OTTAWA, February 22, 2022 – Citizens’ groups from Ontario and Quebec provided Canadian Nuclear Safety Commission (CNSC) President Rumina Velshi with a searing critique of CNSC’s case to approve a giant radioactive waste mound alongside the Ottawa River in advance of a February 22nd hearing.
If approved, the giant landfill would stand 60 feet high and hold one million tonnes of mixed radioactive and hazardous wastes. Some of the contents would remain dangerously radioactive for thousands of years, but the mound itself is only expected to last a few hundred years according to studies produced by the proponent, Canadian Nuclear Laboratories, owned by a consortium of multinational corporations. International safety standards prohibit disposing of long-lived radioactive wastes in landfills.
The citizens’ critique of key licensing documents found eleven critical flaws ranging from a failure to provide detailed information about what would go into the dump, as required under the Nuclear Safety and Control Regulations, to a failure to note serious deficiencies in the siting process for the facility.
“You couldn’t find a worse site for this dump if you tried,” said Johanna Echlin of the Old Fort William (Quebec) Cottagers’ Association, one of the groups that co-authored the citizens’ critique. “The site is on the side of a hill, and is surrounded on three sides by wetlands that drain into the Ottawa River, a kilometre away. The water table is just inches under the surface at that location and the bedrock is highly fractured.”
The site of the proposed facility is also of concern to downstream communities who take their drinking water from the Ottawa River, including Ottawa, Gatineau and Montreal. The three cities are among the more than 140 municipalities that have passed resolutions of concern about the proposed dump. The Assembly of First Nations has also passed a resolution opposing the facility.
Ole Hendrickson, a scientist and researcher for the group Concerned Citizens of Renfrew County and Area said there are a number of serious errors in the licensing documents including a 1000-fold overestimate of radioactivity in nearby uranium ore bodies. “That gross overestimate is used by the proponent and the regulator to make the case that the giant mound would be less radioactive than surrounding rocks after a few hundred years,” Hendrickson said. “In fact, high-radioactivity waste containers in the dump would exceed levels in surrounding rocks for thousands of years.”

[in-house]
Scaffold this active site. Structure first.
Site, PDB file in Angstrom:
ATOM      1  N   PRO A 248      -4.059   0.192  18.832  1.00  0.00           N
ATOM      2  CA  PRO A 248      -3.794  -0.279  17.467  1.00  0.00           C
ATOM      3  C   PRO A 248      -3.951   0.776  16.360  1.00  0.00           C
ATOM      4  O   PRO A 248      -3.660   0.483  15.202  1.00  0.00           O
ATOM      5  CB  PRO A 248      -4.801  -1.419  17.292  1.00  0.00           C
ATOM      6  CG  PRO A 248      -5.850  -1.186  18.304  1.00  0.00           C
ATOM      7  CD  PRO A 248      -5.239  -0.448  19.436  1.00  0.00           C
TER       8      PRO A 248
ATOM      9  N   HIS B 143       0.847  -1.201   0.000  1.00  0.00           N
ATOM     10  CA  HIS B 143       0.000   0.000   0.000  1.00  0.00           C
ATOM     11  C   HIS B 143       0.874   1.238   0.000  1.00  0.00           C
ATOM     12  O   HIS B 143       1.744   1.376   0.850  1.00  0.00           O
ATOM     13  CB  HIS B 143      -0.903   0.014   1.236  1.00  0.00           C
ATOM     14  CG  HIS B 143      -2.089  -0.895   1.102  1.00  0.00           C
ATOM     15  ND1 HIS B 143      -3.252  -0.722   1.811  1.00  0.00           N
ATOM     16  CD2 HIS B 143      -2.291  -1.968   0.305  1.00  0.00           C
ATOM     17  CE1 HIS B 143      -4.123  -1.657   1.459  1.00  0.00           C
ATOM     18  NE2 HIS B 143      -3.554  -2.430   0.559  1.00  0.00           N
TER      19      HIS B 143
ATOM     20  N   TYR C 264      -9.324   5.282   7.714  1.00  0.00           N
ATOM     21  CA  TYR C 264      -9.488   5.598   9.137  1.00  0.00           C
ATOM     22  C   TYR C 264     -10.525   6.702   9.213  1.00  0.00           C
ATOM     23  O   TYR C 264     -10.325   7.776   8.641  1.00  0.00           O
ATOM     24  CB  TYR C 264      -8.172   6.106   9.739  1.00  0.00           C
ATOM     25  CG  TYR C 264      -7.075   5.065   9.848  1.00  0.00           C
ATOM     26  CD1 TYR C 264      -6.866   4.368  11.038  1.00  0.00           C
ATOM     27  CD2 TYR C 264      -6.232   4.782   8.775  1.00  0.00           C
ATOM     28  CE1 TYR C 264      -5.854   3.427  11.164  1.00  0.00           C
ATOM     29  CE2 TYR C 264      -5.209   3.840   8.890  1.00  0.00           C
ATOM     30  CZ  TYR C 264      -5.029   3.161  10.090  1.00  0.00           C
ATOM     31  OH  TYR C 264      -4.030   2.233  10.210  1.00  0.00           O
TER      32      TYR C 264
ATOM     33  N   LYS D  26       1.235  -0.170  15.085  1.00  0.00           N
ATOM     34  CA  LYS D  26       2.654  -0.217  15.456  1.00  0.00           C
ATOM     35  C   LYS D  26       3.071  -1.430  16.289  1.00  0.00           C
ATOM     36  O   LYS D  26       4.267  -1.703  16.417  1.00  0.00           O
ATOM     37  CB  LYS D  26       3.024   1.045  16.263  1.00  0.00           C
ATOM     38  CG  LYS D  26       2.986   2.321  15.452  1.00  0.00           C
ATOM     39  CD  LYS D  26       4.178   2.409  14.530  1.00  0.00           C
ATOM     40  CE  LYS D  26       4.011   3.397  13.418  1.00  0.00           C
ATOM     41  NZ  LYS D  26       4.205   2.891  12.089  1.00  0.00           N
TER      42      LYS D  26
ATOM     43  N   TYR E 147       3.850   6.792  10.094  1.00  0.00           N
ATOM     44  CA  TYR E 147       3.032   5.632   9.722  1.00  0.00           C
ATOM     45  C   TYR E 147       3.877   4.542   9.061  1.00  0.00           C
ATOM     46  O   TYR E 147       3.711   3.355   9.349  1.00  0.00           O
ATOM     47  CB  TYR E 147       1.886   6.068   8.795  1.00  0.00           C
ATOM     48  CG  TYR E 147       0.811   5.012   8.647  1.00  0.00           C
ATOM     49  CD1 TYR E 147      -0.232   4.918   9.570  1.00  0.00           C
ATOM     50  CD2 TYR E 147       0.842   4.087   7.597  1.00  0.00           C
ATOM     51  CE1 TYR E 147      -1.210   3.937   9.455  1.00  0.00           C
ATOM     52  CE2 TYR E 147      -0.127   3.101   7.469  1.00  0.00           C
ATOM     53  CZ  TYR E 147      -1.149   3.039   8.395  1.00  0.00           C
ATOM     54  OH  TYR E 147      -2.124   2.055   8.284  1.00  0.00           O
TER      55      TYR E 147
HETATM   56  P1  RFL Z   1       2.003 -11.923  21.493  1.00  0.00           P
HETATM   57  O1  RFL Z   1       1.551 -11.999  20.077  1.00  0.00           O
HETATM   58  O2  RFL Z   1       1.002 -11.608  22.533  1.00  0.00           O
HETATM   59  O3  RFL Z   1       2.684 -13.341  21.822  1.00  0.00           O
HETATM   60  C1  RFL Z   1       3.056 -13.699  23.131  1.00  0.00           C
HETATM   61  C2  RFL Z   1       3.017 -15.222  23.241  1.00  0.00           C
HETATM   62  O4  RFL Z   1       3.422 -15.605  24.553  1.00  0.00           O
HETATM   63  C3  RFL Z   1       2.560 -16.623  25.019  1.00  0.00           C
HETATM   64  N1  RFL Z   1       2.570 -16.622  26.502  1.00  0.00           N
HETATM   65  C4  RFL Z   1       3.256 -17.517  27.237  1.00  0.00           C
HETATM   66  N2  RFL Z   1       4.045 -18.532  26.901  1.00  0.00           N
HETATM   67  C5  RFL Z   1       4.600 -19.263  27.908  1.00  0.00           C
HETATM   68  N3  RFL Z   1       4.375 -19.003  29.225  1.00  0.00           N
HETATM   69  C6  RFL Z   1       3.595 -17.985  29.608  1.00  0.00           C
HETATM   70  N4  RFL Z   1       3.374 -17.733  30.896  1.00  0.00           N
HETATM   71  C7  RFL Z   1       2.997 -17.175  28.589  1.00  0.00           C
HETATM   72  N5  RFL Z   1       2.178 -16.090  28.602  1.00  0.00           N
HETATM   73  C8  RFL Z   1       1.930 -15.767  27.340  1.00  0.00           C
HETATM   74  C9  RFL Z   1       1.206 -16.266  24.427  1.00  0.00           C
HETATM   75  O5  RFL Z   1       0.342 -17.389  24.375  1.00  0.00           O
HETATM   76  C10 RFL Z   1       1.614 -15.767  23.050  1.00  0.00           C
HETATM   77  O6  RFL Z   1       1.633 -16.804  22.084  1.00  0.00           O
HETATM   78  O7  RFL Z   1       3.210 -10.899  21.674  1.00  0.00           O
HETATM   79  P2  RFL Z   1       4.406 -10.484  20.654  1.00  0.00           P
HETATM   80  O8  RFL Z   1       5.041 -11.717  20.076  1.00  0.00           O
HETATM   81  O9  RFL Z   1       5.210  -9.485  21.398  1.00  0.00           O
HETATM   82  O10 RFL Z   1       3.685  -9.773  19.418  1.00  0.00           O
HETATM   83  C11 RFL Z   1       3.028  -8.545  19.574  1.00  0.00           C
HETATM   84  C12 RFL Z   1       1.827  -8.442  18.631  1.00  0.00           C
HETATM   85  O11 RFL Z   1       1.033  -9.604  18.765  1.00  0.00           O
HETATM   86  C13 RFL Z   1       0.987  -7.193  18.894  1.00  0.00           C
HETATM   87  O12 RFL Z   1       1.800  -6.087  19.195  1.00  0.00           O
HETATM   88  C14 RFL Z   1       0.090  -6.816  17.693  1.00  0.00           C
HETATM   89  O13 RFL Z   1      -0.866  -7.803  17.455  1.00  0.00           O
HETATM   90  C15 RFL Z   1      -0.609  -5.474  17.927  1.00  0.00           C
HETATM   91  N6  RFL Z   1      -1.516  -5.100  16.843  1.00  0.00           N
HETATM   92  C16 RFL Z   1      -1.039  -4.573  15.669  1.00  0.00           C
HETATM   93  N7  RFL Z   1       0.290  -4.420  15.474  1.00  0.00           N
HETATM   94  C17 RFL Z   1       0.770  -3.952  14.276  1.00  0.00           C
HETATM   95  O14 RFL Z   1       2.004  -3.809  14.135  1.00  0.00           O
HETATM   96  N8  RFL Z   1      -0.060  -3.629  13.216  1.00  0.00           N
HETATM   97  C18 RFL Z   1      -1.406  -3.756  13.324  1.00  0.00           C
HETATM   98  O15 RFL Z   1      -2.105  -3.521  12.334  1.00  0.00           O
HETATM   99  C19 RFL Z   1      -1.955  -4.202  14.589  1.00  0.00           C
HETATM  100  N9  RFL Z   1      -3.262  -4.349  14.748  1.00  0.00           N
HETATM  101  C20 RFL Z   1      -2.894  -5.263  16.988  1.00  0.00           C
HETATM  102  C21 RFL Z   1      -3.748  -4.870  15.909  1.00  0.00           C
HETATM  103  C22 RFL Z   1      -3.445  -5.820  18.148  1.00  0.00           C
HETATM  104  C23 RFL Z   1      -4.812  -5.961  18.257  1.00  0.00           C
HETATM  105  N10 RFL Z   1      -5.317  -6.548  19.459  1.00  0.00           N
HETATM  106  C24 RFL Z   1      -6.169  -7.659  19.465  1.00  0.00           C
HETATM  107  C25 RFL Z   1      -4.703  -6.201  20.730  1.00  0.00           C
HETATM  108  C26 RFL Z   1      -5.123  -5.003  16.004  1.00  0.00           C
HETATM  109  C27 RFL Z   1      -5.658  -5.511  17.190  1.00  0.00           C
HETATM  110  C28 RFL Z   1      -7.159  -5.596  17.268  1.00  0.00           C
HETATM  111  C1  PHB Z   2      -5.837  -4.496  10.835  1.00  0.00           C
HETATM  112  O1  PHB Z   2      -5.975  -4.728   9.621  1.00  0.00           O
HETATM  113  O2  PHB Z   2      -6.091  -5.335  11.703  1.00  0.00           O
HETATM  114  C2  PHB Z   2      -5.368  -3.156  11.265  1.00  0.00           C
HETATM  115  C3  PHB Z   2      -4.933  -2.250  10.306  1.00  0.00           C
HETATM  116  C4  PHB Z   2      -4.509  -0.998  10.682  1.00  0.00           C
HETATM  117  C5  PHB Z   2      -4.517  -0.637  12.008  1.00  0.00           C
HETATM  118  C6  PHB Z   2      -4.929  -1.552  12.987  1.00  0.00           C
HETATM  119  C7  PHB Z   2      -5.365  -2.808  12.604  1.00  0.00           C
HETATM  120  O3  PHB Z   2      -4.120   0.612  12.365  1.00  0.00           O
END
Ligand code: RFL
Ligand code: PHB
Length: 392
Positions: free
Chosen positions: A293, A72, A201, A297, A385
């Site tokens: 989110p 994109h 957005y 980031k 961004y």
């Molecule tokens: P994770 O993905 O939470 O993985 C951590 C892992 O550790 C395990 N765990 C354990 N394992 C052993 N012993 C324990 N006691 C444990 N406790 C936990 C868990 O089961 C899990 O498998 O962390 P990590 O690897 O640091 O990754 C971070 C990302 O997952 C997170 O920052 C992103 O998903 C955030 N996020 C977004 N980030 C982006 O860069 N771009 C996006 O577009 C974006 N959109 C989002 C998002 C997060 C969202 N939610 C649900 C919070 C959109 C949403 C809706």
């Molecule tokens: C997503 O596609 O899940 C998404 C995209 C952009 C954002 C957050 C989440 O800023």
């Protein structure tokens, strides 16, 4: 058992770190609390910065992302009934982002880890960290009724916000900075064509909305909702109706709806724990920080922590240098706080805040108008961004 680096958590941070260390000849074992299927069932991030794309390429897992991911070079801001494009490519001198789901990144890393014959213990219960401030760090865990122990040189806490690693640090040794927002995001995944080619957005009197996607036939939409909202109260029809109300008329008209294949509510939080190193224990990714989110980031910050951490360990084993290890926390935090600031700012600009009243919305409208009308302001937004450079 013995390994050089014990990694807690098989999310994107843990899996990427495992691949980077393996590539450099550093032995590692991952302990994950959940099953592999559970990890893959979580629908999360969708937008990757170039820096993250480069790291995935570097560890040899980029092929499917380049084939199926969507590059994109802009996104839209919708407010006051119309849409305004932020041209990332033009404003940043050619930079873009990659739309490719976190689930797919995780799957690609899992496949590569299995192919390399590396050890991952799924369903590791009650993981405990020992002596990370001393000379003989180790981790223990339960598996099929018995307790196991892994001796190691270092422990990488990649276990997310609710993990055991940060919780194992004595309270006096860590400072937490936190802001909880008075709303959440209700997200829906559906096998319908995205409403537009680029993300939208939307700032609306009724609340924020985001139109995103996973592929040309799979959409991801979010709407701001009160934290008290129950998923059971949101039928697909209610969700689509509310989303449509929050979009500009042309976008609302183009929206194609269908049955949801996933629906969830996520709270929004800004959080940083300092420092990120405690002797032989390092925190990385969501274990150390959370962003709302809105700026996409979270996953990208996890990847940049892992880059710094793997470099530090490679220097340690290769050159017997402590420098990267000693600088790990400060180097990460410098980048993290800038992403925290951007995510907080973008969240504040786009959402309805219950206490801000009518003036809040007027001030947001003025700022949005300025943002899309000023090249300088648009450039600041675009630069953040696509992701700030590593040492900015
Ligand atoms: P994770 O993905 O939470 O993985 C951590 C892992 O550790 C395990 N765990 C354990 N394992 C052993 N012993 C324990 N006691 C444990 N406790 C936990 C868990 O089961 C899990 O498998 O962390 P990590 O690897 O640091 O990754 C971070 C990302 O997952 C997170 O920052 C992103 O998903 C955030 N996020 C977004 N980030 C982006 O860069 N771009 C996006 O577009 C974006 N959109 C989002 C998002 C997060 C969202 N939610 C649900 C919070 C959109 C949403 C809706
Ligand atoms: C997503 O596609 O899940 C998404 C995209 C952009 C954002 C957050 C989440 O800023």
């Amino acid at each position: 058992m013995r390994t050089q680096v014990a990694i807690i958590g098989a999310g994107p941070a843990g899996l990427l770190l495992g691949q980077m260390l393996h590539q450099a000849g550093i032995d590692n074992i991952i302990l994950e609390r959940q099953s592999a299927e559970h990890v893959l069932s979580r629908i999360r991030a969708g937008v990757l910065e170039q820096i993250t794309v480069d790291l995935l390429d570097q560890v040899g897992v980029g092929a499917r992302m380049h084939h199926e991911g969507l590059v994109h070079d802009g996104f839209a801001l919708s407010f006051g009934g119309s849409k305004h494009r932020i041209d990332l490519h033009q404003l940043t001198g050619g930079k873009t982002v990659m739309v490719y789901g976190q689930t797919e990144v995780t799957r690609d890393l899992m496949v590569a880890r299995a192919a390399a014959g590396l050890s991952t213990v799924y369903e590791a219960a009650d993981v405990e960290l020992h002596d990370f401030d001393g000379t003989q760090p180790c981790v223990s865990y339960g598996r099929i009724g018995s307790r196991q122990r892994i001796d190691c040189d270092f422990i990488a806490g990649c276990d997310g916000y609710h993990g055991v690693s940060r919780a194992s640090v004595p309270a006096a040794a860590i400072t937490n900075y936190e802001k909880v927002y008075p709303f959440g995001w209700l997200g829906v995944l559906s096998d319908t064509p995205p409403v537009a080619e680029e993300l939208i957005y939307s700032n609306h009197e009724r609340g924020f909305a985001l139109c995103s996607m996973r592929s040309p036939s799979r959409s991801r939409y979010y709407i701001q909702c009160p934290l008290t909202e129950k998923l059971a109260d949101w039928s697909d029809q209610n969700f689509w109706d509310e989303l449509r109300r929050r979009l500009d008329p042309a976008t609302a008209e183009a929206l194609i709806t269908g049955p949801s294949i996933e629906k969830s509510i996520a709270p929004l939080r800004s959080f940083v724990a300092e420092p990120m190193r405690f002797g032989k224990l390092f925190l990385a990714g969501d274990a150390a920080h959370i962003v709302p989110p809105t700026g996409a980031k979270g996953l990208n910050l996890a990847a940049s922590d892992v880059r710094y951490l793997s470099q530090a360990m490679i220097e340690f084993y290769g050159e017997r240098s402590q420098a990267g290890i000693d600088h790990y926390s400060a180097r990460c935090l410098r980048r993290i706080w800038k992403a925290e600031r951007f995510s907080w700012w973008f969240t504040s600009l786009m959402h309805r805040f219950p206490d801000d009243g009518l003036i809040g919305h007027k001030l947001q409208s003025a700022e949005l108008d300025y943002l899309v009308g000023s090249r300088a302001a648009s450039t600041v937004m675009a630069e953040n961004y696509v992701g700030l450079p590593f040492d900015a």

The Quebec-based Ralliement contre la pollution radioactive contributed a number of findings to the critique. The group is very concerned about the presence of cobalt-60, which alone will provide 98% of the initial radioactivity in the dump, even though its radioactivity will decline rapidly thereafter. Used cobalt-60 sources require lead shielding because they emit intense gamma radiation that endangers workers.
Physicist Ginette Charbonneau, a spokeswoman for the Ralliement, says that only low-level cobalt-60 sources could be accepted in an above-ground mound and that the criteria for accepting such waste in the dump must be tightened.
“It is also out of the question that long-lived radioactive substances like plutonium be disposed of in a landfill,” Charbonneau said. “This is simply a senseless proposal, which is not in line with international standards at all,” she added.
The citizens’ groups say the case to approve the giant radioactive landfill, called the NSDF by the proponent, is so seriously flawed that CNSC Commissioners cannot make a sound licensing decision based on the contents of the documents. They have asked that the citizens’ critique be distributed to Commissioners at the hearing on Feb 22 and that all of the flaws, errors and omissions be fully addressed before the Commission is asked to make a decision on the license for the dump.
The licensing hearings for the giant radioactive waste dump will take place in two parts. Part 1 will take place February 22. Part 2 will start on May 31, but is expected to take several days as it will include presentations from Indigenous communities, municipal representatives, NGOs and members of the public. Requests to intervene in the hearings must be submitted in writing to the CNSC by April 11, 2022. See Notice of Public Hearing for details.
– 30 –